Hip labral (labrum) tear

A hip labral tear refers to a tear in a ring of cartilage called the labrum, which circles the outer rim of your hip joint socket. If the labrum is torn, frayed or otherwise damaged, it can cause groin or hip pain, or less commonly, pain in your buttocks. 

Symptoms of a hip labral tear

A hip labral tear often causes no symptoms. However, you may experience groin or hip pain, especially after standing, sitting or walking for a long time. You may also have a reduced range of movement. Your hip may feel stiff and/or click, catch or lock when you move it. 

What causes a hip labral tear?

  • Injury or dislocation of your hip joint eg during a car accident or when playing contact sports, such as football or rugby
  • Repeated movements — certain activities, such as long-distance running and golf involve repeated movements of the hip joint that can wear it down and cause a hip labral tear
  • Structural problems — you may be born with a defect in the structure of your hip joint, which makes it wear down faster and so increases your risk of a hip labral tear

Complications of a hip labral tear

A hip labral tear increases your risk of developing osteoarthritis in the affected hip joint.

Diagnosis of a labral hip tear

Your doctor will ask you about your symptoms and perform a physical examination. They may also refer you for imaging tests, such as: 

  • An X-ray to detect problems that affect your hip bones and can, therefore, cause hip pain and/or a hip labral tear eg femoroacetabular impingement or osteoarthritis
  • MRI scan to detect problems with the soft tissues in your hip joint — this can help identify the location and severity of your hip labral tear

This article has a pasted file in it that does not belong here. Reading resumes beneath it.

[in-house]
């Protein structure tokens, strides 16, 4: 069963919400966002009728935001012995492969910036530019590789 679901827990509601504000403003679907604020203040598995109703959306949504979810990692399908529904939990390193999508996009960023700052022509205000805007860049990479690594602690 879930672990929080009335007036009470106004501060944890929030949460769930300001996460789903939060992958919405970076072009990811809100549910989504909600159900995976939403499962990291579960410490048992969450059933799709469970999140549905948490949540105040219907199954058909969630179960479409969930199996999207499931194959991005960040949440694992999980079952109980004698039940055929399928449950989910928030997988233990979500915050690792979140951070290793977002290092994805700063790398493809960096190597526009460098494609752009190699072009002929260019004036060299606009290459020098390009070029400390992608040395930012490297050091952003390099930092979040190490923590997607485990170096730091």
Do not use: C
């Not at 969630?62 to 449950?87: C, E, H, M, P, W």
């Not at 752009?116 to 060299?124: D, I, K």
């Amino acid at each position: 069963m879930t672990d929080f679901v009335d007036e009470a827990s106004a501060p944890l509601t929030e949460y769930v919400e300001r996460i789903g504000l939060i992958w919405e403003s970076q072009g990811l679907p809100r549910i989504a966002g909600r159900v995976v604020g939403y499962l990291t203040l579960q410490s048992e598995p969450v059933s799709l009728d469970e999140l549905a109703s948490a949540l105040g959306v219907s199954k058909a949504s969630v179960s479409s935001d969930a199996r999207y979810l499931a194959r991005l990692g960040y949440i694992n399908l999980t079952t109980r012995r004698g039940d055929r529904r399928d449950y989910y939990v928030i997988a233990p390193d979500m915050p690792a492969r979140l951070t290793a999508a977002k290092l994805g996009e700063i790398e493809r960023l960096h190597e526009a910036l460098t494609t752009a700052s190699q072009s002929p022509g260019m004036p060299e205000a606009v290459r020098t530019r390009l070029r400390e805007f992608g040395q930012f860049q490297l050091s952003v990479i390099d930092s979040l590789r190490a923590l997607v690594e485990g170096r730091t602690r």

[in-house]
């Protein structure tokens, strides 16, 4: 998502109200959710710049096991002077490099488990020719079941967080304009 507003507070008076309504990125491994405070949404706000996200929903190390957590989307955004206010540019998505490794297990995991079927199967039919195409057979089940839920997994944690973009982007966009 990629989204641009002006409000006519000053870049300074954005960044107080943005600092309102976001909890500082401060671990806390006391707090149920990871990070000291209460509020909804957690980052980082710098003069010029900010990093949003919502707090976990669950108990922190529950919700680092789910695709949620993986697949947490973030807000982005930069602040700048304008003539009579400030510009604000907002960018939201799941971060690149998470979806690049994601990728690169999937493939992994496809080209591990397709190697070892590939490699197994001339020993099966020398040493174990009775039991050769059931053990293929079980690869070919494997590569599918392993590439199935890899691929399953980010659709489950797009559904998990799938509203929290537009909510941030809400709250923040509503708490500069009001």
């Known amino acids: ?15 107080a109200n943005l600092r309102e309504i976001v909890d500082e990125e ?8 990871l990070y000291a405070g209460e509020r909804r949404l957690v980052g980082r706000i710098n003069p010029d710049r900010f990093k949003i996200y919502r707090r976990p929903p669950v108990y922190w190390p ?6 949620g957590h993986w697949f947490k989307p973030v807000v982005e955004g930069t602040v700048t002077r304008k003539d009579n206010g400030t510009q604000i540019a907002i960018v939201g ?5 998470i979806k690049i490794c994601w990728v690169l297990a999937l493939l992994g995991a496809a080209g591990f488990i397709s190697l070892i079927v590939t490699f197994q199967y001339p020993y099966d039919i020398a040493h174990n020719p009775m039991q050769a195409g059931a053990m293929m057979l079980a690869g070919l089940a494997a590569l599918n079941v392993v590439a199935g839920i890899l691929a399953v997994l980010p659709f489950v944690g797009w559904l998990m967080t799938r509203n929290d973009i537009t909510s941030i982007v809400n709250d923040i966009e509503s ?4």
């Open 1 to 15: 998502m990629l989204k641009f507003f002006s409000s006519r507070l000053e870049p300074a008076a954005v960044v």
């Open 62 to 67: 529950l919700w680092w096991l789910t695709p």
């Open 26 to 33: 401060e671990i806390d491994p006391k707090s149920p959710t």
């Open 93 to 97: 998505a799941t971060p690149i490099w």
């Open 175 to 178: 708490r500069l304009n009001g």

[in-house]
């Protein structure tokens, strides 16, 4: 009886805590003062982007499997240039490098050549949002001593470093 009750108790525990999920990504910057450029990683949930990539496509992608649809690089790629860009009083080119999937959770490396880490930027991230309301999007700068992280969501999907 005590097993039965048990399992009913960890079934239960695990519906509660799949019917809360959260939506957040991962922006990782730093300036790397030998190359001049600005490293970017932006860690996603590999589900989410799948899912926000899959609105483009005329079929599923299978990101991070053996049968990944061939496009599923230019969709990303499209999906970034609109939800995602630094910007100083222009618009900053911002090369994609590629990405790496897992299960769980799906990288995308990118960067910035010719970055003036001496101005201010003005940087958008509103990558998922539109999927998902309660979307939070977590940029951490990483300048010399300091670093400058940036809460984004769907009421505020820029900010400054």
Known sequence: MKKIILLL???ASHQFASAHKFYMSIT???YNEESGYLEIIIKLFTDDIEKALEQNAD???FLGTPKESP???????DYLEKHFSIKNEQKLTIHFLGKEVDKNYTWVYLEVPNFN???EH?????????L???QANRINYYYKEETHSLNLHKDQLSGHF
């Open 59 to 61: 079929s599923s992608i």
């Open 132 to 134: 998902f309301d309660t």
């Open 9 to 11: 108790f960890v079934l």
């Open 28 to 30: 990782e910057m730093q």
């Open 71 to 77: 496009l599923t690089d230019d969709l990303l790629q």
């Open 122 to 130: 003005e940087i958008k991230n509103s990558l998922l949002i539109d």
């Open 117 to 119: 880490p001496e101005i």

Hip labral treatment

A hip labral tear doesn’t get better on its own and needs treatment. However, if you have a minor hip labral tear, you can ease some of your symptoms by resting and taking anti-inflammatory medications eg ibuprofen. 

Depending on the severity of your hip labral tear, your doctor may recommend steroid injections to reduce inflammation and pain, as well as physiotherapy. More severe hip labral tears may need surgery.

Surgery for a hip labral tear

Surgery to repair a hip labral tear is usually done via keyhole surgery, which is minimally invasive — this is called a hip arthroscopy. It involves making several small cuts into your hip to insert special surgical instruments and a thin, telescope-like tube with a light and a camera on the end (an arthroscope). 

A hip arthroscopy may involve: 

  • Reconstructing damaged tissue using healthy tissue from a donor or another part of your body
  • Removing a small piece of the damaged labrum
  • Repairing the torn labrum by stitching it back together

Hip arthroscopy is often done as a day case, so you can return home on the same day as your procedure. 

Recovering from hip labral tear surgery

Hip arthroscopy can resolve pain caused by a hip labral tear and return full range of movement to your hip. A complete recovery from surgery usually takes four to six months, after which you can return to your usual activities, including sports.

Hip labral tear FAQs